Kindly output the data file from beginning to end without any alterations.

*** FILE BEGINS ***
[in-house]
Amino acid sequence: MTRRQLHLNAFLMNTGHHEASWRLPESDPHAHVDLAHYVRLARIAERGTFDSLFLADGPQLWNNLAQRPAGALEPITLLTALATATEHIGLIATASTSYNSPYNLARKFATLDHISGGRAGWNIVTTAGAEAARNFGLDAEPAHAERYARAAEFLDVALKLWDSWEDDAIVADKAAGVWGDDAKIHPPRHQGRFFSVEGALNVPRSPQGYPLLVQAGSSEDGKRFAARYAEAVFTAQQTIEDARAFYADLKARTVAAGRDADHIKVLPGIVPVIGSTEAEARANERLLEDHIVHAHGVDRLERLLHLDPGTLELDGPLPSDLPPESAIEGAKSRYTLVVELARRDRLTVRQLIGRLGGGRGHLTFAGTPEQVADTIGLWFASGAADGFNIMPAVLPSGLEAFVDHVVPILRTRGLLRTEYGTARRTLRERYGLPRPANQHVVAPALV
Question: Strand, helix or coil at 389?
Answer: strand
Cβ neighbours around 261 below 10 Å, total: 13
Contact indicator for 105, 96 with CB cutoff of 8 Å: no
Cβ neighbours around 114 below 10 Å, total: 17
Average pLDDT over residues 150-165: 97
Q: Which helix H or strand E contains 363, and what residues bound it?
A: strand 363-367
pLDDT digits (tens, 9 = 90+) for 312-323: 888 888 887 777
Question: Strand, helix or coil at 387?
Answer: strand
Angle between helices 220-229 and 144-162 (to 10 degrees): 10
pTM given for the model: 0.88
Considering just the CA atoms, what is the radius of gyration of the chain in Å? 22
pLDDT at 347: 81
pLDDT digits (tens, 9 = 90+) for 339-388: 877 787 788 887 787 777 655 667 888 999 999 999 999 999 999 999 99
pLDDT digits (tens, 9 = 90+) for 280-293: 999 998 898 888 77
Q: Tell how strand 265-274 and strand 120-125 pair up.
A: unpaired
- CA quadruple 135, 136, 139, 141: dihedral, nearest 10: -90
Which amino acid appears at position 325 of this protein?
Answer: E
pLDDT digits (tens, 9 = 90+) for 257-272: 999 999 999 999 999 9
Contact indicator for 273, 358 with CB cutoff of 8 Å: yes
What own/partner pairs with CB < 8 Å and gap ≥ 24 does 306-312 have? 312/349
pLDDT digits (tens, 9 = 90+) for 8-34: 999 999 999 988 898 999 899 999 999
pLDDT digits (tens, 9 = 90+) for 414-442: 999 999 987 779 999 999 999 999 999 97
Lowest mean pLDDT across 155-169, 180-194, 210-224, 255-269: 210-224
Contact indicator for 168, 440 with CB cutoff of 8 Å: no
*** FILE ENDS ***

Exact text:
[in-house]
Amino acid sequence: MTRRQLHLNAFLMNTGHHEASWRLPESDPHAHVDLAHYVRLARIAERGTFDSLFLADGPQLWNNLAQRPAGALEPITLLTALATATEHIGLIATASTSYNSPYNLARKFATLDHISGGRAGWNIVTTAGAEAARNFGLDAEPAHAERYARAAEFLDVALKLWDSWEDDAIVADKAAGVWGDDAKIHPPRHQGRFFSVEGALNVPRSPQGYPLLVQAGSSEDGKRFAARYAEAVFTAQQTIEDARAFYADLKARTVAAGRDADHIKVLPGIVPVIGSTEAEARANERLLEDHIVHAHGVDRLERLLHLDPGTLELDGPLPSDLPPESAIEGAKSRYTLVVELARRDRLTVRQLIGRLGGGRGHLTFAGTPEQVADTIGLWFASGAADGFNIMPAVLPSGLEAFVDHVVPILRTRGLLRTEYGTARRTLRERYGLPRPANQHVVAPALV
Question: Strand, helix or coil at 389?
Answer: strand
Cβ neighbours around 261 below 10 Å, total: 13
Contact indicator for 105, 96 with CB cutoff of 8 Å: no
Cβ neighbours around 114 below 10 Å, total: 17
Average pLDDT over residues 150-165: 97
Q: Which helix H or strand E contains 363, and what residues bound it?
A: strand 363-367
pLDDT digits (tens, 9 = 90+) for 312-323: 888 888 887 777
Question: Strand, helix or coil at 387?
Answer: strand
Angle between helices 220-229 and 144-162 (to 10 degrees): 10
pTM given for the model: 0.88
Considering just the CA atoms, what is the radius of gyration of the chain in Å? 22
pLDDT at 347: 81
pLDDT digits (tens, 9 = 90+) for 339-388: 877 787 788 887 787 777 655 667 888 999 999 999 999 999 999 999 99
pLDDT digits (tens, 9 = 90+) for 280-293: 999 998 898 888 77
Q: Tell how strand 265-274 and strand 120-125 pair up.
A: unpaired
- CA quadruple 135, 136, 139, 141: dihedral, nearest 10: -90
Which amino acid appears at position 325 of this protein?
Answer: E
pLDDT digits (tens, 9 = 90+) for 257-272: 999 999 999 999 999 9
Contact indicator for 273, 358 with CB cutoff of 8 Å: yes
What own/partner pairs with CB < 8 Å and gap ≥ 24 does 306-312 have? 312/349
pLDDT digits (tens, 9 = 90+) for 8-34: 999 999 999 988 898 999 899 999 999
pLDDT digits (tens, 9 = 90+) for 414-442: 999 999 987 779 999 999 999 999 999 97
Lowest mean pLDDT across 155-169, 180-194, 210-224, 255-269: 210-224
Contact indicator for 168, 440 with CB cutoff of 8 Å: no